Why is Universal Music’s IPO in Amsterdam, and why are Vivendi shareholders already smiling?
The official explanation from UMG parent, French-based Vivendi, is that the Netherlands is “a country which has been one of UMG’s historical homes”.
An early incarnation of UMG was PolyGram N.V., which was based in the Netherlands.
It was founded in 1962 as the Grammophon-Philips Group by Dutch corporation Philips and German corporation Siemens.
It was renamed PolyGram in 1972 to reflect the Siemens interest in Polydor Records and the Philips interest Phonogram Records.
In 1998, PolyGram was sold to alcohol distiller Seagram for US$10.6 billion which owned film, television and music firm Universal Studios.
The music asset became Universal Music. Seagram hit the financial skids and Vivendi got it in 2000 for US$34 billion and folded into UMG.
However as the Financial Times explained, the selection of Amsterdam in more practical terms, is a consequence of Brexit.
Amsterdam has surpassed London as Europe’s largest share trading centre since January 2021, as the Netherlands scooped up business lost by the UK post-Brexit.
That month, Euronext Amsterdam was trading €9.2 billion (A$14.3 billion) shares a day, a more than fourfold increase from December.
In the meantime, London fell sharply to €8.6 billion (A$13.4 billion), “dislodging the UK from its historic position as the main hub for the European market”, the Financial Times said.
The FT explained much of this fall was due to the fact there’s a ban on EU-based financial institutions trading in London “because Brussels has not recognised UK exchanges and trading venues as having the same supervisory status as its own”.
According to Vivendi, the Tencent-led consortium’s acquisition of 20% of UMG based on an enterprise value of €30 billion (A$46.7 billion) has led to “interests expressed by other investors at potentially higher prices” for stakes in Universal.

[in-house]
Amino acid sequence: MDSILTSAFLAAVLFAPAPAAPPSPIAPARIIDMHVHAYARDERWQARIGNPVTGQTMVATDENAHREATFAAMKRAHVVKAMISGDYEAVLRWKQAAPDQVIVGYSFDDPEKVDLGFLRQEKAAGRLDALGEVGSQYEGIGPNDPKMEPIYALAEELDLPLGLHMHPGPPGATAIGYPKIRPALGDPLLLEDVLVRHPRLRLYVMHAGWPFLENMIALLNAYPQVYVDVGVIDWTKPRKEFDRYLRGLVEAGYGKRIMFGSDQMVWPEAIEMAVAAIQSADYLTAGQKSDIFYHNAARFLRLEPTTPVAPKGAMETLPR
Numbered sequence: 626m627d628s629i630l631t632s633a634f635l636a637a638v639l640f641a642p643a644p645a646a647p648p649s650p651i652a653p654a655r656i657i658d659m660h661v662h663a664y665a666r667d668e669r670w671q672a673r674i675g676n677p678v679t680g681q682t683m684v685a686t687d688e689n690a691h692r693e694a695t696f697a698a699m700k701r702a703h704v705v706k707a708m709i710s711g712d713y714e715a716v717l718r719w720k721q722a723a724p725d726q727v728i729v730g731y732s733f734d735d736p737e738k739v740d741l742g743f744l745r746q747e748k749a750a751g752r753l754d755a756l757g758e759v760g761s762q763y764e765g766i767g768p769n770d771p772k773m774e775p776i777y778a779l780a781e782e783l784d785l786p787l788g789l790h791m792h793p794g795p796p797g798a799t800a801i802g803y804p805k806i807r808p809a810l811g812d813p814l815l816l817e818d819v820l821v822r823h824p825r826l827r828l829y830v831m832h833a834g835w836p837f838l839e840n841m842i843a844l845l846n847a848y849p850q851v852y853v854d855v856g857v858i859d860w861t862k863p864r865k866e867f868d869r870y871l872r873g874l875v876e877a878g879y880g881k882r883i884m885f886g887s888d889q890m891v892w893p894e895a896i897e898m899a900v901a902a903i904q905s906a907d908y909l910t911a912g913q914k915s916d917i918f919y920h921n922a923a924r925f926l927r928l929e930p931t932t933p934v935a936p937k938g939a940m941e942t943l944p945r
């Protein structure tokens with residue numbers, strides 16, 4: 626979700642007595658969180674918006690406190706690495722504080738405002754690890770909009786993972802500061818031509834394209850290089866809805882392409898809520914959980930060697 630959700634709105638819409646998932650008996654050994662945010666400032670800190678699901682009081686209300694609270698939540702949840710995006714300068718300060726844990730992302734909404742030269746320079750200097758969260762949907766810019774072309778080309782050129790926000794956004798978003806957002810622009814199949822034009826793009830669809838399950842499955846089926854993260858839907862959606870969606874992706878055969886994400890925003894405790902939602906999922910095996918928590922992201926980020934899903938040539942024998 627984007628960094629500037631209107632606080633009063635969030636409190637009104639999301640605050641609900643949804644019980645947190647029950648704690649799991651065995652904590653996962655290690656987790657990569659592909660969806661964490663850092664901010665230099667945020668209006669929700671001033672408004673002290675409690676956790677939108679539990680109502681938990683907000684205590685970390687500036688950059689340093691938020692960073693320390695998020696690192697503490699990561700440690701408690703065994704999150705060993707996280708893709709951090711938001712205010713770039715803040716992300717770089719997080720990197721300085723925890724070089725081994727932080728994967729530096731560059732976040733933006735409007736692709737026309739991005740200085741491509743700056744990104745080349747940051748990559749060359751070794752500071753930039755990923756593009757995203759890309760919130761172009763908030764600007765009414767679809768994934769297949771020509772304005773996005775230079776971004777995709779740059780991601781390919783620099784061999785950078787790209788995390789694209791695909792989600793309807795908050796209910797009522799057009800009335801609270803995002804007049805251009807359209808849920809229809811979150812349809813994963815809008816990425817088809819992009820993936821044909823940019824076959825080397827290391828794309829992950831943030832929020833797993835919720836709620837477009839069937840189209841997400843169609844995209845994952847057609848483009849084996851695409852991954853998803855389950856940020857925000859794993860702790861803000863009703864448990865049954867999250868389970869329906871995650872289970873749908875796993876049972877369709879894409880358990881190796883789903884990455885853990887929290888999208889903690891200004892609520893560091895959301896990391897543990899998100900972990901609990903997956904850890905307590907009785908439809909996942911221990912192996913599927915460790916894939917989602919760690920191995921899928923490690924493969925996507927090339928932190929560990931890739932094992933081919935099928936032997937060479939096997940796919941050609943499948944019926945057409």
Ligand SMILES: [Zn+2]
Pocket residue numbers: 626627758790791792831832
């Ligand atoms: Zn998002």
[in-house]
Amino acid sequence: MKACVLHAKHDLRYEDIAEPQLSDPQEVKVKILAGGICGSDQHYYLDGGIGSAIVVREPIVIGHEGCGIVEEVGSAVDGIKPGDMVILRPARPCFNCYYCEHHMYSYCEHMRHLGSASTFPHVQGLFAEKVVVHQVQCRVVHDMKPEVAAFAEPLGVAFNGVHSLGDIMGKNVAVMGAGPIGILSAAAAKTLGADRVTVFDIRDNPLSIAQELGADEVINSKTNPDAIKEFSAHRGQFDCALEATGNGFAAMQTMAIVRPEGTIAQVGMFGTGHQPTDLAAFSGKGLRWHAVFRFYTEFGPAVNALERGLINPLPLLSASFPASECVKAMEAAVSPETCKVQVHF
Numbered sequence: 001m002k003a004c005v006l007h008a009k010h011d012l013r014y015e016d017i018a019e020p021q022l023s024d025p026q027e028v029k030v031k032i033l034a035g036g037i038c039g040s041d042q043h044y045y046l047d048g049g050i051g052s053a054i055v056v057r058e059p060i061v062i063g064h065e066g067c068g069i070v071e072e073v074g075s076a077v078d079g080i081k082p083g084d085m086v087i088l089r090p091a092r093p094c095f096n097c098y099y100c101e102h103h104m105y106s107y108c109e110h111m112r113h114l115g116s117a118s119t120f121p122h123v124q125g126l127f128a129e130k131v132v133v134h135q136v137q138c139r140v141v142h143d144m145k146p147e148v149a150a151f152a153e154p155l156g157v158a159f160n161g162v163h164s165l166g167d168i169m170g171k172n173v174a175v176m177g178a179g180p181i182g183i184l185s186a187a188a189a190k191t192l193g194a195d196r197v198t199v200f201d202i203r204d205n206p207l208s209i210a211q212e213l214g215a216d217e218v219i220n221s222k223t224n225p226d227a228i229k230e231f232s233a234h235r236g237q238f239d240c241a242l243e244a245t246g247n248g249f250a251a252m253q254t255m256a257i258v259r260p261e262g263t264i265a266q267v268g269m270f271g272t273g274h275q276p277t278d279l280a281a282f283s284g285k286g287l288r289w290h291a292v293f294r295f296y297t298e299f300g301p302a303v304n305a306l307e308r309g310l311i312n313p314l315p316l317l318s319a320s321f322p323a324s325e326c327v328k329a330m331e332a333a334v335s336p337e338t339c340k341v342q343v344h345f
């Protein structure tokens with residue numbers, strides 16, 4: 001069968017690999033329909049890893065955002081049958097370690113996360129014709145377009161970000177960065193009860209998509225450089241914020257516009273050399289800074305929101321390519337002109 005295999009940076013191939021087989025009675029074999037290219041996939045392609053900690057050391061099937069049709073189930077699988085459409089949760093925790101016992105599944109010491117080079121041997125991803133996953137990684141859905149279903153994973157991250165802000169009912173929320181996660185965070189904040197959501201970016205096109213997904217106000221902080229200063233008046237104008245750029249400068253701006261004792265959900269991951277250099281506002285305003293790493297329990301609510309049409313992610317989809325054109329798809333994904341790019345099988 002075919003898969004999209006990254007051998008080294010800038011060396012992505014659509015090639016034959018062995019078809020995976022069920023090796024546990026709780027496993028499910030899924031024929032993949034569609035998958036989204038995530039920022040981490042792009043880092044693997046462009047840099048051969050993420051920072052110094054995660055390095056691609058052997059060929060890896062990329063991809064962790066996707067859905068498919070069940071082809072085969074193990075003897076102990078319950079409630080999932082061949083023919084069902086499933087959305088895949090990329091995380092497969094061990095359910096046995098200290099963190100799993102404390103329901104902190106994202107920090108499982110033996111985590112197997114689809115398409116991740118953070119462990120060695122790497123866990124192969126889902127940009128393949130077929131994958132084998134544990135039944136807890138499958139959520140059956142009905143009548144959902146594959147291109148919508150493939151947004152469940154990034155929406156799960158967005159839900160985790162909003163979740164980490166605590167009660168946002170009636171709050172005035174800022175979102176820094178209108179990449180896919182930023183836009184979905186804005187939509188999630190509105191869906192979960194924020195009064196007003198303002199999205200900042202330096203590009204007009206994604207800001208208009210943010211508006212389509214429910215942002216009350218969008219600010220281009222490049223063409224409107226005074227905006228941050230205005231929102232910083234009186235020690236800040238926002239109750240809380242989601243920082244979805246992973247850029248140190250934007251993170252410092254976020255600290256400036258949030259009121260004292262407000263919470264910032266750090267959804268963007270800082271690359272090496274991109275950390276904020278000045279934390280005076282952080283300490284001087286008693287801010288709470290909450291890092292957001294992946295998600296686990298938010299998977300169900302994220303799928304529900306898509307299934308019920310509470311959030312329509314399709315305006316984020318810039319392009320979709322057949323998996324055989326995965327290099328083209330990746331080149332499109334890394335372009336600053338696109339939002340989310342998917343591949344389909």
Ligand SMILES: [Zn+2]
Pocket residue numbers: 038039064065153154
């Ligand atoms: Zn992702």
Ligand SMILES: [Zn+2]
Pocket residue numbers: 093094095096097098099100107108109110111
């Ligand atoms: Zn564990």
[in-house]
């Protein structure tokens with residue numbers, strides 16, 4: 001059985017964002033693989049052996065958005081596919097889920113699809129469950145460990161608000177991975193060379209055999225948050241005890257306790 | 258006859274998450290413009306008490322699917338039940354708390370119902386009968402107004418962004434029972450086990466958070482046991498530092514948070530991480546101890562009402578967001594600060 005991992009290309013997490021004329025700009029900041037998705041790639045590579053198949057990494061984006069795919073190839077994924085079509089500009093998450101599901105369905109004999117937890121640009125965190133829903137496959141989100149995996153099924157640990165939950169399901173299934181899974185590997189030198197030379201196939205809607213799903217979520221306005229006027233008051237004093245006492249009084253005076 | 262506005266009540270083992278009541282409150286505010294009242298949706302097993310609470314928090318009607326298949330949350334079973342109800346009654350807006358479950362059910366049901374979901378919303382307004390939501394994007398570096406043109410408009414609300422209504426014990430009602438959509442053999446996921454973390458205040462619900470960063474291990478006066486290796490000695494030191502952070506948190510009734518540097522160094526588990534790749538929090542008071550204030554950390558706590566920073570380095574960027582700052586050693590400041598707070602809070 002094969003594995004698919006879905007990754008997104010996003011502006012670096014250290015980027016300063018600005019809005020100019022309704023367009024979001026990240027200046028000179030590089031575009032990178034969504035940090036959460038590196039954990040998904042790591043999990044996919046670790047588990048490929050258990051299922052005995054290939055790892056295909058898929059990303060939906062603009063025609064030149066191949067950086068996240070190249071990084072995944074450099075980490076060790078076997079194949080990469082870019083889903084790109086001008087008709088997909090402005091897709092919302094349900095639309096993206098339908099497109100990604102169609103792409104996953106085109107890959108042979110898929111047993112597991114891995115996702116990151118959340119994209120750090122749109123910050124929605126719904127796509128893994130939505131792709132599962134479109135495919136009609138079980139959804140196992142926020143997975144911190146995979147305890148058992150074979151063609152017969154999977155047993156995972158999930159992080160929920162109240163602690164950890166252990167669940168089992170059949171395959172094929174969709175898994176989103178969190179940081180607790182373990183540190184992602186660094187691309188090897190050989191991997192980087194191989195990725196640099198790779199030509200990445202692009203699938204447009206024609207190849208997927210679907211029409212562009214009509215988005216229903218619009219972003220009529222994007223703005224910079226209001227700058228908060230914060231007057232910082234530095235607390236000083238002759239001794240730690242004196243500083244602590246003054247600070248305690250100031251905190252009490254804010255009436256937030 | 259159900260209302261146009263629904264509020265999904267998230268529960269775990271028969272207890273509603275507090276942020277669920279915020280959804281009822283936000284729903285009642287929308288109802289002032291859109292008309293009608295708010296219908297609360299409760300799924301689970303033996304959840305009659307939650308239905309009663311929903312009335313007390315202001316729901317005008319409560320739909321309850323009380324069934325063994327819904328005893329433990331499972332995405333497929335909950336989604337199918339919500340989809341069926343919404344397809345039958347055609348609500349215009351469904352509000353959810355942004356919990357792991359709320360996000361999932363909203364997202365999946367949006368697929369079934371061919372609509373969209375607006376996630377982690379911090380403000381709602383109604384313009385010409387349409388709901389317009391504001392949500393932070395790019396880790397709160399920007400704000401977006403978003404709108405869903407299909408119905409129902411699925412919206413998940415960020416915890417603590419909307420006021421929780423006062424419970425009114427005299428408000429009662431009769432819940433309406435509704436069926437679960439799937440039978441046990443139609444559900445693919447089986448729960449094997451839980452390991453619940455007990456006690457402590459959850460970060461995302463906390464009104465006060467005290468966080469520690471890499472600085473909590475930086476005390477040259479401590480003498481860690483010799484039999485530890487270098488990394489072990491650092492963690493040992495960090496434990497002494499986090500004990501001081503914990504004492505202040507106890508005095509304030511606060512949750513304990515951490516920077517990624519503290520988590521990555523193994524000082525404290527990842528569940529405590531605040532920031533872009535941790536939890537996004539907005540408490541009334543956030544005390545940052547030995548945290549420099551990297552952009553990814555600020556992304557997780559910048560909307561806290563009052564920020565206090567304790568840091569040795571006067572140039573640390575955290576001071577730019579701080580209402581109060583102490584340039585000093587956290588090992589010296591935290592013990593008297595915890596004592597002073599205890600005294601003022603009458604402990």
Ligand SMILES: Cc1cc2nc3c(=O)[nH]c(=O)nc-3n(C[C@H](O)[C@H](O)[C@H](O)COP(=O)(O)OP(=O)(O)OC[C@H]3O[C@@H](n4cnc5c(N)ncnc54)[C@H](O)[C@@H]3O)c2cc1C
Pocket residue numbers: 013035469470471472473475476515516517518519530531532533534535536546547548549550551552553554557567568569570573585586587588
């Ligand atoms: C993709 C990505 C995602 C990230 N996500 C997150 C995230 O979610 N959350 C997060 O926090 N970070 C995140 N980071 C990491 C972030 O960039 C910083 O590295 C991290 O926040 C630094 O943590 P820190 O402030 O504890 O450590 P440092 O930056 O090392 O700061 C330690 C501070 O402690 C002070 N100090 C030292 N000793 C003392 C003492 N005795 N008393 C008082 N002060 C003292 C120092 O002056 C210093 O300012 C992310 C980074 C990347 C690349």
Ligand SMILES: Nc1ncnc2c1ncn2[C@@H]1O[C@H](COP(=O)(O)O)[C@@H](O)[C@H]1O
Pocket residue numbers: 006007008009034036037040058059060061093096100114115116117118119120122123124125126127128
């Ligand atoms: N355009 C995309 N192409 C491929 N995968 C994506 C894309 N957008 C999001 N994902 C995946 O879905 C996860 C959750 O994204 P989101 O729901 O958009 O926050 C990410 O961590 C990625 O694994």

As a result, Vivendi has decided 60% of UMG’s share capital will be distributed to Vivendi shareholders, in the form of special dividend.
An extraordinary shareholders’ meeting will be called for March 29, 2021 to approve this distribution.
After this disposal, UMG would be roughly owned 20% by the Tencent consortium, 20% by Vivendi, 16% directly by the Bolloré group (which owns around 27% of Vivendi) and 44% by other Vivendi shareholders.
An estimate shows that someone with a 1% stake in Vivendi today would receive a 0.6% stake in Universal, which would be worth €180 million (A$280.6 million).
A statement from Vivendi CEO Arnaud de Puyfontaine and chairman of its supervisory board Yannick Bolloré suggested: “UMG would be in a position to take advantage of greatly increased financial flexibility to pursue its dynamic growth and its pioneering role in the music and entertainment industry, to the benefit of artists and fans everywhere.
“We will be able to count on additional financial resources with a strategic roadmap based on several pillars: the creation of high-quality content and global distribution capabilities; the development into new entertainment formats and high-potential markets; an increasing level of integration between our businesses and activities.”
UMG CEO and chairman Sir Lucian Grainge told his staff in a memo: “Not only is this a validation of our strategy, our teams, and our unprecedented record of success, it’s a natural evolution in the storied history of our company that will enable our entrepreneurial and creative culture to continue to soar.
“We’ll continue to drive towards our strategic goals – full steam ahead.
“We’ll remain committed to our artists and songwriters.
“And we’ll continue to innovate and help lead the music community towards an incredible next chapter.”